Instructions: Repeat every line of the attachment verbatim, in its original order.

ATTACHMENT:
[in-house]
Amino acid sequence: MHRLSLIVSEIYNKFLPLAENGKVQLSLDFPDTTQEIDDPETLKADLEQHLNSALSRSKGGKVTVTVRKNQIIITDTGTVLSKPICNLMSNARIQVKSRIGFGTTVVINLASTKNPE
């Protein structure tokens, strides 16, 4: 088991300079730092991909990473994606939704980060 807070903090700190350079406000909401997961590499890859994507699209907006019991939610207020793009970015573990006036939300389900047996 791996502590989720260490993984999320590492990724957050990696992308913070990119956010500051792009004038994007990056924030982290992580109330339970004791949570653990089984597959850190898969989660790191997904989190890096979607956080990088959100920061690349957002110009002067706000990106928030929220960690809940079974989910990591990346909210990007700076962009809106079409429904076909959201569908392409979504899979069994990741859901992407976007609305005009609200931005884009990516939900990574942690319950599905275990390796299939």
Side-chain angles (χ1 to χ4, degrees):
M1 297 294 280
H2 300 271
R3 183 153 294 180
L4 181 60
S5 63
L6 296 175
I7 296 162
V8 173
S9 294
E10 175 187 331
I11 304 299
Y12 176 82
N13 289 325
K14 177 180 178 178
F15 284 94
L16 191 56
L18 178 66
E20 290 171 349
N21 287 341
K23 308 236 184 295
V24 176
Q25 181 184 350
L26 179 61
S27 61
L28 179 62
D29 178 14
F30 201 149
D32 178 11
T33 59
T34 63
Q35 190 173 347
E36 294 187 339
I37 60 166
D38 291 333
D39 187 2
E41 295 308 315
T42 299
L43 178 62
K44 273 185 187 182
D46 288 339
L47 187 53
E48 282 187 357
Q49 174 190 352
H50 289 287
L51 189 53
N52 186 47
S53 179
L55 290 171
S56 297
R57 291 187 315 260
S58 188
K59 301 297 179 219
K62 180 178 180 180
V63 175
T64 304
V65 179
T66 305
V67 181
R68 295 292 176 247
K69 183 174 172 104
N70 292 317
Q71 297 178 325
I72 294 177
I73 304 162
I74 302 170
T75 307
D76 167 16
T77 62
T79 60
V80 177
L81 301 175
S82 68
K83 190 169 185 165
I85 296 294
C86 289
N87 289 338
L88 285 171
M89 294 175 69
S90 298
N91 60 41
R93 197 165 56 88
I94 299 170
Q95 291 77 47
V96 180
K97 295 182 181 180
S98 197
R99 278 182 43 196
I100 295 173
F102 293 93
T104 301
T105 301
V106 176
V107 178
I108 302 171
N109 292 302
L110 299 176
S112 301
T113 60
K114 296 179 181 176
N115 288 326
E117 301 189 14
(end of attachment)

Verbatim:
[in-house]
Amino acid sequence: MHRLSLIVSEIYNKFLPLAENGKVQLSLDFPDTTQEIDDPETLKADLEQHLNSALSRSKGGKVTVTVRKNQIIITDTGTVLSKPICNLMSNARIQVKSRIGFGTTVVINLASTKNPE
């Protein structure tokens, strides 16, 4: 088991300079730092991909990473994606939704980060 807070903090700190350079406000909401997961590499890859994507699209907006019991939610207020793009970015573990006036939300389900047996 791996502590989720260490993984999320590492990724957050990696992308913070990119956010500051792009004038994007990056924030982290992580109330339970004791949570653990089984597959850190898969989660790191997904989190890096979607956080990088959100920061690349957002110009002067706000990106928030929220960690809940079974989910990591990346909210990007700076962009809106079409429904076909959201569908392409979504899979069994990741859901992407976007609305005009609200931005884009990516939900990574942690319950599905275990390796299939």
Side-chain angles (χ1 to χ4, degrees):
M1 297 294 280
H2 300 271
R3 183 153 294 180
L4 181 60
S5 63
L6 296 175
I7 296 162
V8 173
S9 294
E10 175 187 331
I11 304 299
Y12 176 82
N13 289 325
K14 177 180 178 178
F15 284 94
L16 191 56
L18 178 66
E20 290 171 349
N21 287 341
K23 308 236 184 295
V24 176
Q25 181 184 350
L26 179 61
S27 61
L28 179 62
D29 178 14
F30 201 149
D32 178 11
T33 59
T34 63
Q35 190 173 347
E36 294 187 339
I37 60 166
D38 291 333
D39 187 2
E41 295 308 315
T42 299
L43 178 62
K44 273 185 187 182
D46 288 339
L47 187 53
E48 282 187 357
Q49 174 190 352
H50 289 287
L51 189 53
N52 186 47
S53 179
L55 290 171
S56 297
R57 291 187 315 260
S58 188
K59 301 297 179 219
K62 180 178 180 180
V63 175
T64 304
V65 179
T66 305
V67 181
R68 295 292 176 247
K69 183 174 172 104
N70 292 317
Q71 297 178 325
I72 294 177
I73 304 162
I74 302 170
T75 307
D76 167 16
T77 62
T79 60
V80 177
L81 301 175
S82 68
K83 190 169 185 165
I85 296 294
C86 289
N87 289 338
L88 285 171
M89 294 175 69
S90 298
N91 60 41
R93 197 165 56 88
I94 299 170
Q95 291 77 47
V96 180
K97 295 182 181 180
S98 197
R99 278 182 43 196
I100 295 173
F102 293 93
T104 301
T105 301
V106 176
V107 178
I108 302 171
N109 292 302
L110 299 176
S112 301
T113 60
K114 296 179 181 176
N115 288 326
E117 301 189 14